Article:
With inflation running at the highest levels in several decades, Members of Congress are concerned about adjusting taxpayer credits and deductions to account for the soaring inflation. Senator Chuck Grassley (R–IA) has been a leader in proposing inflation adjustments that will help Americans.
He published a press release on July 21, 2022 and said that he seeks "to help Americans struggling to afford everyday expenses keep more of their hard–earned money." Grassley notes an Iowa State University study shows most individuals are paying $669 more per month for living expenses. This increase occurred during the past two years.
Grassley proposes to index several tax benefits for inflation. He stated, "The relentless 40–year high inflation we are seeing today has made it increasingly difficult for Americans to afford their trips to the gas station and grocery store. Indexing useful tax credits to inflation—like the Child Tax Credit and the Lifetime Learning Credit—will help parents and students keep up with rising costs. I will continue to work on commonsense policies that will help Americans weather this soaring inflation."
The proposed bill would provide indexing for the Child Tax Credit, the American Opportunity Tax Credit, the Lifetime Learning Credit, the Student Loan Interest Deduction and the charitable mileage eduction.
- Child Tax Credit — This is a $2,000 credit for families with dependent children under 17. This credit and a $500 credit for other dependents would be indexed.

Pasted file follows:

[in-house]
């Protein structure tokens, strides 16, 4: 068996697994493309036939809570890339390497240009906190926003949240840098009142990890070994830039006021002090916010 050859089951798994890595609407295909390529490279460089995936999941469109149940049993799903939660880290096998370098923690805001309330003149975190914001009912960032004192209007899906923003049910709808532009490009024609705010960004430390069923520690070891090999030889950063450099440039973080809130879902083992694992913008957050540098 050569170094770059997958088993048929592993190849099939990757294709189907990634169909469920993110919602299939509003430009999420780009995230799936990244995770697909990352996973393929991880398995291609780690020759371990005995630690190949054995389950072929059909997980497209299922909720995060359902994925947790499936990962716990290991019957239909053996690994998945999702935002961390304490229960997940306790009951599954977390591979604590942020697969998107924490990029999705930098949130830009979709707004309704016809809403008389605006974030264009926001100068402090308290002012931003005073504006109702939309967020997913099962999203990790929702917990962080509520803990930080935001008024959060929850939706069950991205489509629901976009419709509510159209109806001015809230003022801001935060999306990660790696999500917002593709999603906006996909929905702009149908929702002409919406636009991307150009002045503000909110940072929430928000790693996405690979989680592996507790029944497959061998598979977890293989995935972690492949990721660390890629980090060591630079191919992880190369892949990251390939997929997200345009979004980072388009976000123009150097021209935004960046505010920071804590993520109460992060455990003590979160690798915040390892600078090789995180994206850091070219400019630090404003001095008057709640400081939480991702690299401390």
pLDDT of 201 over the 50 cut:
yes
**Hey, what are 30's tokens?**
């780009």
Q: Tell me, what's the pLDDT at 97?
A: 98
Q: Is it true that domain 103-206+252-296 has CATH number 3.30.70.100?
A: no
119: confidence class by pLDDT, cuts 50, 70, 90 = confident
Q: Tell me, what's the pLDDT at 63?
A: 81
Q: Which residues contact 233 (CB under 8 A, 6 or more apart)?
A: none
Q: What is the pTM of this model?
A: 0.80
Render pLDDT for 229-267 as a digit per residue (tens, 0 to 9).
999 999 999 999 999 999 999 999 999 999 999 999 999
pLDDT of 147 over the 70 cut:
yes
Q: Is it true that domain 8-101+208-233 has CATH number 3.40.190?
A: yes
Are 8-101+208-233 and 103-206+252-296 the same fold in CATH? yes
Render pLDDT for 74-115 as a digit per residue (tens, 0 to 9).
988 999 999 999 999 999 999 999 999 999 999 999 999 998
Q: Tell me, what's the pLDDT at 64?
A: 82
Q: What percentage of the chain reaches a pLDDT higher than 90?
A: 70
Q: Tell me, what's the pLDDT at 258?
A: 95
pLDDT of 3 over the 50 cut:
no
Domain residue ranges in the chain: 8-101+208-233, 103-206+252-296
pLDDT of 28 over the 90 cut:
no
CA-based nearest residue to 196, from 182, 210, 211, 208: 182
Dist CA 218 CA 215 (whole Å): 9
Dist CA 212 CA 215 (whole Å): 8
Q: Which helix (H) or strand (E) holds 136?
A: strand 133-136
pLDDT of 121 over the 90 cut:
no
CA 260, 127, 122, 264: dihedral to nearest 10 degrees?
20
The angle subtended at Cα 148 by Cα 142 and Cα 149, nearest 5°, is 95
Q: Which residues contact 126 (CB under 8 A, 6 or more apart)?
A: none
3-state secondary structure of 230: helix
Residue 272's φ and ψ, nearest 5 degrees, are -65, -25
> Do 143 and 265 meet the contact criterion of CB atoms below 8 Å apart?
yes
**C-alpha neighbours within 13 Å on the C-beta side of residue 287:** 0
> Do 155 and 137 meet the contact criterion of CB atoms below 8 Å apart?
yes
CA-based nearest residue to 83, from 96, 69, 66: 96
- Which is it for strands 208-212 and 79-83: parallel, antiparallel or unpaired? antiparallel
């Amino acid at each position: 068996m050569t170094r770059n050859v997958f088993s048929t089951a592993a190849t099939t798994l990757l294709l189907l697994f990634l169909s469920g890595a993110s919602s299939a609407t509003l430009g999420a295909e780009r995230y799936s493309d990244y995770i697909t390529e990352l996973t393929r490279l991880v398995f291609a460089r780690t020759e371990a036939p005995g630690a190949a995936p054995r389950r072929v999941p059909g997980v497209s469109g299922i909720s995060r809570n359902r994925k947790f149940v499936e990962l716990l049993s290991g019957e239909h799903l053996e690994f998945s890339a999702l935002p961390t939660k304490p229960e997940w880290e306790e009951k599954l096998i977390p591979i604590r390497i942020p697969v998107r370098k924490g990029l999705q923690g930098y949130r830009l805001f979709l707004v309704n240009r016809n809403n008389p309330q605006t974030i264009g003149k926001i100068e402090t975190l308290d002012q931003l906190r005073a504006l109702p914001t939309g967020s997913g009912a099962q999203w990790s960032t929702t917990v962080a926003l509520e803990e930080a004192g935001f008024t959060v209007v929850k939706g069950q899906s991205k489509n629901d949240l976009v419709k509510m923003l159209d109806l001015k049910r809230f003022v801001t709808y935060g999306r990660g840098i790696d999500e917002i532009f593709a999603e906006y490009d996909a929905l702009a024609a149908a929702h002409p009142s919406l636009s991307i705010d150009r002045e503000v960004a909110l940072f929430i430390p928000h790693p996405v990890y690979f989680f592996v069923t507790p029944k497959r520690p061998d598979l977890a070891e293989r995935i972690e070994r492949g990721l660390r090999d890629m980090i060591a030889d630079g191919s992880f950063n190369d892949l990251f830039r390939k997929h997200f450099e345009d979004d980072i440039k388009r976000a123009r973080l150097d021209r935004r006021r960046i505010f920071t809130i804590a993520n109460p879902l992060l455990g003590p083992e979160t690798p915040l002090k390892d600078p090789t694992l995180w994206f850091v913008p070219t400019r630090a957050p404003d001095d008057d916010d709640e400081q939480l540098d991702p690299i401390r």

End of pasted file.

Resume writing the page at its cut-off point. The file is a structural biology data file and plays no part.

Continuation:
- Child and Dependent Care Credit — The credit for child–care expenses is currently $2,100 for two or more children and $1,050 for one child. It would be also indexed.
- American Opportunity Tax Credit — To enable individuals to attend college, there is a $2,500 credit for tuition expenses. This would be indexed.
- Lifetime Learning Credit — Another potential benefit for payment of eligible tuition is the Lifetime Learning Credit of $2,000.
- Students Loan Interest Deduction — Many Americans complete college, or university with substantial student loans. Up to $2,500 in interest on student loans may be deducted.
- Charitable Mileage Deduction — Individuals who volunteer for charitable organizations will frequently incur costs to drive to various organizational events. The current $0.14 per mile deduction is far lower than the rate for medical or business driving. The bill proposes to allow the IRS to adjust the mileage rate based on current costs.
All of these tax benefits, except the charitable mileage deduction, have phaseouts for taxpayers with higher incomes. These phaseout amounts would be indexed. Individuals who volunteer for charitable organizations hope that the charitable mileage deduction will finally be increased. With the dramatic increase in the cost of gasoline this year, the $0.14 per mile rate is outdated. Members of Congress have proposed increasing the charitable mileage rate to the business rate of 62.5 cents per mile.